A slide presented at a recent Nike-sponsored Boulder Running Camp included the subhead: “Sleep – The most powerful, legal, performance enhancer ever known.”
The slide itself featured a bar graph that connected poor sleep with the likelihood of injuries (injury rates nearly double when athletes get six hours of sleep as opposed to eight).
“Was I surprised?” asked Eden Prairie cross-country coach Jeff Lindlief, who was out in Colorado attending camp. “No, but it confirmed what I had been reading.
“I've always said that the 22 hours our kids spend away from practice are just as important as the two hours they spend at practice,” he added. “That's easier to understand when you see the science behind it.”
So, don't sleep on sleep?
In 2017, the National Collegiate Athletic Association (NCAA) hosted a sleep summit. Topics discussed included: sleep patterns and disorders among college athletes, sleep and optimal functioning, sleep screening and tracking and sleep interventions.
While there hasn't been a lot of research involving student-athlete sleep patterns, it's generally accepted that athletic and academic performances improve with improved sleep habits.
For example, studies involving collegiate tennis and basketball players showed that serving accuracy, shooting accuracy and reaction times improved when sleep times were extended beyond eight hours per day for several weeks.
The NCAA's Growth, Opportunities, Aspirations and Learning of Students survey shows that less 25% of its college athletes report getting more than eight hours of sleep in a typical night.
The problem, in a nutshell, is that college life, generally, is not conducive to obtaining restorative sleep.
“When you go on an 8- to 12-mile workout,” said Lindlief, “you're tearing your body down. The only way to recover is rest.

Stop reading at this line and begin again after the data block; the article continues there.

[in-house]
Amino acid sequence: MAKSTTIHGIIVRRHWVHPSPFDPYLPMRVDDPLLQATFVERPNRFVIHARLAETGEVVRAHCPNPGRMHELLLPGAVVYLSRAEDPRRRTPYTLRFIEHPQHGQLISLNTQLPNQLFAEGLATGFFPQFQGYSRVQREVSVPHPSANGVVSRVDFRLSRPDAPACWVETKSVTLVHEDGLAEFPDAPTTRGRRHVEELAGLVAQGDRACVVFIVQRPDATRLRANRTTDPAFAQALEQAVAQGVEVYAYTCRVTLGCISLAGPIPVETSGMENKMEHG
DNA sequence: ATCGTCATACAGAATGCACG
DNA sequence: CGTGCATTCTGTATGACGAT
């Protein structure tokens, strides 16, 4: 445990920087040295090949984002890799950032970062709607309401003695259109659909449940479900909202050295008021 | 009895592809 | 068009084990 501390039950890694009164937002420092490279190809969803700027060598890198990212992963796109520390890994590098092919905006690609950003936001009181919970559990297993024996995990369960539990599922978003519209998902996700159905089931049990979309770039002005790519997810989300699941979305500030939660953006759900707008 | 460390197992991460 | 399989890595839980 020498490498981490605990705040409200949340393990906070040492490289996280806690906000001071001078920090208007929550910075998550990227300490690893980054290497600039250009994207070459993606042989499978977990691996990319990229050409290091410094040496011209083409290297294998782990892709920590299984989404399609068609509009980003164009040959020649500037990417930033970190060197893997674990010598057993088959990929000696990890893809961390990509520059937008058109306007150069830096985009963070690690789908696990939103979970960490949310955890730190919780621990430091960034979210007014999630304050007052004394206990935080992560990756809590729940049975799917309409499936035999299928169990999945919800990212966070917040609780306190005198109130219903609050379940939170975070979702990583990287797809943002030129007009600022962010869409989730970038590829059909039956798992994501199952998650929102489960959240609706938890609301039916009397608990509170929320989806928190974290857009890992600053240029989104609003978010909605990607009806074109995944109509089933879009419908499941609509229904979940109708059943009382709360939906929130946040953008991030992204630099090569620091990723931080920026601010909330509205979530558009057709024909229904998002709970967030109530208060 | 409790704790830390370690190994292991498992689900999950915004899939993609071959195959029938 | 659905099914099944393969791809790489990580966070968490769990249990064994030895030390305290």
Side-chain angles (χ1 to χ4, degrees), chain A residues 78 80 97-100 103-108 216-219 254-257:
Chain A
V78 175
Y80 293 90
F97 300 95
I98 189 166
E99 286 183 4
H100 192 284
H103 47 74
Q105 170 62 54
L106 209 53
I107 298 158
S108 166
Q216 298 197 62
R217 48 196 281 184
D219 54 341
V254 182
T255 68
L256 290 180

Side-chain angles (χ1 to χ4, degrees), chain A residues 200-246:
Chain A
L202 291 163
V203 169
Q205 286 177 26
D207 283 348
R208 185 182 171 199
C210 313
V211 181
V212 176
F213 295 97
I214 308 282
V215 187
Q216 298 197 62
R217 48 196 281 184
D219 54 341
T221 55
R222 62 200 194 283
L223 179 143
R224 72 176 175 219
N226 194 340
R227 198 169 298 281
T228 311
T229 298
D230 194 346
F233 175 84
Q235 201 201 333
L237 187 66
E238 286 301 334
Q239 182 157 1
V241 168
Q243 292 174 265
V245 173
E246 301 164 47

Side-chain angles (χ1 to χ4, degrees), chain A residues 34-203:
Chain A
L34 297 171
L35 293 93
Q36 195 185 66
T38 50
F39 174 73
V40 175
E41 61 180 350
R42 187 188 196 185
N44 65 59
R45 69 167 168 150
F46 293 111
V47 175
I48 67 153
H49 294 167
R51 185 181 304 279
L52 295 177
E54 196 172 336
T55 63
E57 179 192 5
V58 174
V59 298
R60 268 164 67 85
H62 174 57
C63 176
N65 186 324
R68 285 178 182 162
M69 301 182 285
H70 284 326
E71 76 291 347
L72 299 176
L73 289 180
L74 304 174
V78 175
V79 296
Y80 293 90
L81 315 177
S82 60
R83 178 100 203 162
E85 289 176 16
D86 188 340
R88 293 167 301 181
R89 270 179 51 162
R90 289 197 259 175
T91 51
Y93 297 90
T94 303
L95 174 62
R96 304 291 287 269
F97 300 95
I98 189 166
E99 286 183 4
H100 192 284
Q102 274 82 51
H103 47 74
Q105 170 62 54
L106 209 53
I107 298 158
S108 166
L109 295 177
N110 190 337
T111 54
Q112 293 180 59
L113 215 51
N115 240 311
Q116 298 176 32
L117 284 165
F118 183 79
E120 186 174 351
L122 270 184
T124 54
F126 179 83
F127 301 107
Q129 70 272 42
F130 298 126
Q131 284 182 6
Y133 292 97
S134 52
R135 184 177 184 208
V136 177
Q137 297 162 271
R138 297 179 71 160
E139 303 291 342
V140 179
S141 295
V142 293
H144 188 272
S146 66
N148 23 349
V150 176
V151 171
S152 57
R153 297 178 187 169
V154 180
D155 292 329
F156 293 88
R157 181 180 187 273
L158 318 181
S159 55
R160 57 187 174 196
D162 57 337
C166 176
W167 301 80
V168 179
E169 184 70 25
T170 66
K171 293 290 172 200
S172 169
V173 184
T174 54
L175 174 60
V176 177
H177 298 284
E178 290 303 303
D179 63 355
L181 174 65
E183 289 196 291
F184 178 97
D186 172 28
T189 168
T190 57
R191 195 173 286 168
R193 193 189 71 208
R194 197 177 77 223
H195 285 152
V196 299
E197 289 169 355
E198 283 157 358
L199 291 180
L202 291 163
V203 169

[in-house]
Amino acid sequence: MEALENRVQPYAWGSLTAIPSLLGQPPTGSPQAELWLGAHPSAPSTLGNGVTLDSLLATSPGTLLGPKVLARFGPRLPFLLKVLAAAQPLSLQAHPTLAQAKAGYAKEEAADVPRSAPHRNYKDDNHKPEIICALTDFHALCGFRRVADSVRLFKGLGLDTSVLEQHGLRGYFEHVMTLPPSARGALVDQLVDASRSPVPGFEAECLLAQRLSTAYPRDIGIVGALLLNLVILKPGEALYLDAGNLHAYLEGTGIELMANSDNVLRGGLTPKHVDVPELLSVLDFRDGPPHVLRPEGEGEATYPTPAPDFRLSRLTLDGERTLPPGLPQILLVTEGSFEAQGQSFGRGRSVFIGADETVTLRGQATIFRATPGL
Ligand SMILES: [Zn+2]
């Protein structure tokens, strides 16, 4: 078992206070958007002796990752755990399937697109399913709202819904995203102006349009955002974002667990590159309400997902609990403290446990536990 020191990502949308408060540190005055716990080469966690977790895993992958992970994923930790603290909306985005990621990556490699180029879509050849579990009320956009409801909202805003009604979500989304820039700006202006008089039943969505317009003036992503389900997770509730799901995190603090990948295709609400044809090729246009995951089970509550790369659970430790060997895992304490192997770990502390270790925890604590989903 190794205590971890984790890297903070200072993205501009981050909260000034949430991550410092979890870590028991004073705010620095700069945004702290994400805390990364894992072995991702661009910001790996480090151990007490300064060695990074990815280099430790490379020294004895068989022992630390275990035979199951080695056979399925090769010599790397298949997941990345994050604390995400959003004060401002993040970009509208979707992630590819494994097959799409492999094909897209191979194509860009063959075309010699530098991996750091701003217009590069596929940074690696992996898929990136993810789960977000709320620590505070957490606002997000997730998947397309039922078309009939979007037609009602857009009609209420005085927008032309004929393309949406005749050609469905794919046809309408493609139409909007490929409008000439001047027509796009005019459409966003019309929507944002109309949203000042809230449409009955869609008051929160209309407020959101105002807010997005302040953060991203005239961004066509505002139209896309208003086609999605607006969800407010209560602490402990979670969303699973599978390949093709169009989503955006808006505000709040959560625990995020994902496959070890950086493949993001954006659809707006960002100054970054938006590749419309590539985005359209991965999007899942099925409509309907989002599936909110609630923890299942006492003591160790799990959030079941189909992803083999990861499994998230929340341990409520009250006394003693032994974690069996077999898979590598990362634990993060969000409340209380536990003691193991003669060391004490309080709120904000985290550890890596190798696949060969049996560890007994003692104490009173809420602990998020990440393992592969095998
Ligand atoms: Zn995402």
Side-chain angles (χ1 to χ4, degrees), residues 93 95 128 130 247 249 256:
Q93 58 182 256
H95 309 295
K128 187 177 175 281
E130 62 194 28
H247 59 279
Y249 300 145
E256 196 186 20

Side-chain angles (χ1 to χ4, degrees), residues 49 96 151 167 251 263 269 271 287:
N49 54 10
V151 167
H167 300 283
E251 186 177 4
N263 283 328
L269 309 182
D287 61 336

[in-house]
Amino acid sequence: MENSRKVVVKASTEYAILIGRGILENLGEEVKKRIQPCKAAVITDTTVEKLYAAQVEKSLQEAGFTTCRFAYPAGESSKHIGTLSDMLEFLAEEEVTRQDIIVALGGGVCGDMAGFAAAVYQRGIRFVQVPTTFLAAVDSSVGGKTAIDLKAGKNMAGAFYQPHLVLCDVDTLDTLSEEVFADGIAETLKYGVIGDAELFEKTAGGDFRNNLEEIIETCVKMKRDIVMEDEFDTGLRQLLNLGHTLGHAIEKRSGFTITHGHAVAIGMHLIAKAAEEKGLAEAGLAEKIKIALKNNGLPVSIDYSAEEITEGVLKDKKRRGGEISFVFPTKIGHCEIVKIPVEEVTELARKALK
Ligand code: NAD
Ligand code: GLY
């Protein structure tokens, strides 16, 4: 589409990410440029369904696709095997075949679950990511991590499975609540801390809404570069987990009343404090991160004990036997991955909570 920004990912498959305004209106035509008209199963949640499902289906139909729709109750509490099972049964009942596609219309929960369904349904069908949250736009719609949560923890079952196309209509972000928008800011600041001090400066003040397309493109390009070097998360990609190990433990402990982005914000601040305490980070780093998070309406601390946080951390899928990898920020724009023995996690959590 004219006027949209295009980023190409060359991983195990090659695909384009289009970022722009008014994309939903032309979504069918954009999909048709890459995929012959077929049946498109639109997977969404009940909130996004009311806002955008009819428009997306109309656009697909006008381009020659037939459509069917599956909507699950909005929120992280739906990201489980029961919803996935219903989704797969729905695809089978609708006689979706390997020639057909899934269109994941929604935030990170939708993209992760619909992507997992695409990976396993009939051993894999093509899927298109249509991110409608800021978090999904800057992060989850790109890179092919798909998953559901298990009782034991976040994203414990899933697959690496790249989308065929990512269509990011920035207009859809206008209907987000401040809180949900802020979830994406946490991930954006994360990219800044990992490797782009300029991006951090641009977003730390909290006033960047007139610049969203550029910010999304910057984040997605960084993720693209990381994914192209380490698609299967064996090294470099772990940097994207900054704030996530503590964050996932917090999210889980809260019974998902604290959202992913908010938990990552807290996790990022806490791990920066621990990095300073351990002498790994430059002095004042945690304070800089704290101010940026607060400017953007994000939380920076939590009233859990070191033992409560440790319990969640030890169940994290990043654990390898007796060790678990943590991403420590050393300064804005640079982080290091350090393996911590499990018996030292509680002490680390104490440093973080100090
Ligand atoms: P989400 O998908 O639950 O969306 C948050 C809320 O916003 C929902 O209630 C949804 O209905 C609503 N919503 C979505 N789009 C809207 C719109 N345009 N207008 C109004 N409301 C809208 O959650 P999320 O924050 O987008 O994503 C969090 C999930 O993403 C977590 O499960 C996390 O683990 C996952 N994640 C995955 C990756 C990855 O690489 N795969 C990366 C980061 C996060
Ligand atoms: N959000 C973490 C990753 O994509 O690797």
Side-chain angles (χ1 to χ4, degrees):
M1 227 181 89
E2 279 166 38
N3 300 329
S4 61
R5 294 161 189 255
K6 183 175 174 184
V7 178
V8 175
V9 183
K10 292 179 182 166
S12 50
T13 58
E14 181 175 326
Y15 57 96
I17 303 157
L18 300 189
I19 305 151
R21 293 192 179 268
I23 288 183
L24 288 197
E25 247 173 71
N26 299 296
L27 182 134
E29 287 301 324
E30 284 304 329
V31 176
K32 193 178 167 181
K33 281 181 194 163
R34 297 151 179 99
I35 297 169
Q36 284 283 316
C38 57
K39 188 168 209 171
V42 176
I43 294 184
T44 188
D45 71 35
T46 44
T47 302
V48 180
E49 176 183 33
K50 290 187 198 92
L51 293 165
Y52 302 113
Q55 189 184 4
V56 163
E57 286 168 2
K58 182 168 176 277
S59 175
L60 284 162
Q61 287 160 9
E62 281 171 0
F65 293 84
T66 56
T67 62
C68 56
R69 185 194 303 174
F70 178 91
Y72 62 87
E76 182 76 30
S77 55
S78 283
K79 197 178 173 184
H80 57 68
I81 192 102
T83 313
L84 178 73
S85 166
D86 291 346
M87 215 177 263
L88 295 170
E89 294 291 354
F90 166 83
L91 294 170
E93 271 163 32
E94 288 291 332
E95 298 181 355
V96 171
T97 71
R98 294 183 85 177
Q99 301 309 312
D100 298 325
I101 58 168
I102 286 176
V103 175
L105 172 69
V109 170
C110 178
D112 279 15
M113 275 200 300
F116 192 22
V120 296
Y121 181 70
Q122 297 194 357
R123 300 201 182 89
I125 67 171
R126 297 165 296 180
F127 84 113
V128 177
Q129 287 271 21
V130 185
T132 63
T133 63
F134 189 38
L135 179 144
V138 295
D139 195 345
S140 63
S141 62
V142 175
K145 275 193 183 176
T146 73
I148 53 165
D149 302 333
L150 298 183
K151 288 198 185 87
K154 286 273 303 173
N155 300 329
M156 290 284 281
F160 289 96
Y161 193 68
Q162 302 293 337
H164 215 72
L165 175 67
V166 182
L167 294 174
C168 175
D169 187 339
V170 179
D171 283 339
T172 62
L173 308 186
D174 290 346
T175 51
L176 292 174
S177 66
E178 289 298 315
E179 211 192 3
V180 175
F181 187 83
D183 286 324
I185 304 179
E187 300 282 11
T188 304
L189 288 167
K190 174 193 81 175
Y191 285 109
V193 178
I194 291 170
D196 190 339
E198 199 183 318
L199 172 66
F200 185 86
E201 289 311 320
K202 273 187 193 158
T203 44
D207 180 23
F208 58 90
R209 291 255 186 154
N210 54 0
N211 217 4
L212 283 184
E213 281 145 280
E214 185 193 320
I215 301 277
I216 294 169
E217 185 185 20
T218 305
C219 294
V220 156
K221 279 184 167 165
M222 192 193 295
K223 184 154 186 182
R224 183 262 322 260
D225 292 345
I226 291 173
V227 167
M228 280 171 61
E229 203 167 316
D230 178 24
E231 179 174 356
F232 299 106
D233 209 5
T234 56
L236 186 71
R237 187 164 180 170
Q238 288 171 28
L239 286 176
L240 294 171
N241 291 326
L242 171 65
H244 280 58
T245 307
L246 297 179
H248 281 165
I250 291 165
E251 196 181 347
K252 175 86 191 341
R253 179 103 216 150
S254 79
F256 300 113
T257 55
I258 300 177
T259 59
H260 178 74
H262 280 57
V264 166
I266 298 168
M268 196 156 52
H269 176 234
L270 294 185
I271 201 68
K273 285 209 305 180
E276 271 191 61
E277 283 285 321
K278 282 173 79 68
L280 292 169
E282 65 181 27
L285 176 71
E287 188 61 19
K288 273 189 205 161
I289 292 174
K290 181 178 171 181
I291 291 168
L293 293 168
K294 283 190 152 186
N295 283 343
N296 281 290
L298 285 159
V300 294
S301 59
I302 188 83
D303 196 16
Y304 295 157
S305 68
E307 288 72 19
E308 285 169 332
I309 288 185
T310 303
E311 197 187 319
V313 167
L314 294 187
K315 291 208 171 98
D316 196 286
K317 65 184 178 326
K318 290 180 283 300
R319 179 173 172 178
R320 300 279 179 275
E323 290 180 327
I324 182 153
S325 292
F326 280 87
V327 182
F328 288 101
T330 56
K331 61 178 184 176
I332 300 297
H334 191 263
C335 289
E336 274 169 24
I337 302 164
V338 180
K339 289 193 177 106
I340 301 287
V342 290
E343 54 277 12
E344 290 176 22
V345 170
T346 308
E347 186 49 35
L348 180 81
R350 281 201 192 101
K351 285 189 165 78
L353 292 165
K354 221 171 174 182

“If you're not getting adequate rest,” he added, “you're just tearing your body down.”
Following the NCAA sleep summit, the NCAA Interassociation Task Force on Sleep and Wellness restated the obvious by saying, “Sleep is an important determinant of collegiate athlete health, well-being and performance.”
They'd follow by adding, “Collegiate athletes often neglect sleep because of academic, athletic and social demands.”
Again, restating the obvious.
To address the situation, they've said college athletic departments can promote college athlete well-being and performance through sleep by:
- Conducting an annual time demands survey.
- Ensure that consumer sleep technology, if used, is complaint with HIPAA and FERPA laws.
- Incorporating sleep screening into the pre-participation exam.
- Provide collegiate athletes with evidence-based sleep education that includes: information on sleep best practices, information about the role of sleep in optimizing athletic and academic performance and overall well-being, strategies for addressing sleep barriers.
- Provide coaches with evidence-based sleep education that includes: information on sleep best practices, information about the role of sleep in optimizing athletic and academic performance and overall well-being, strategies to help optimize collegiate athlete sleep.
There's your wake-up call.
Acknowledge or hit snooze?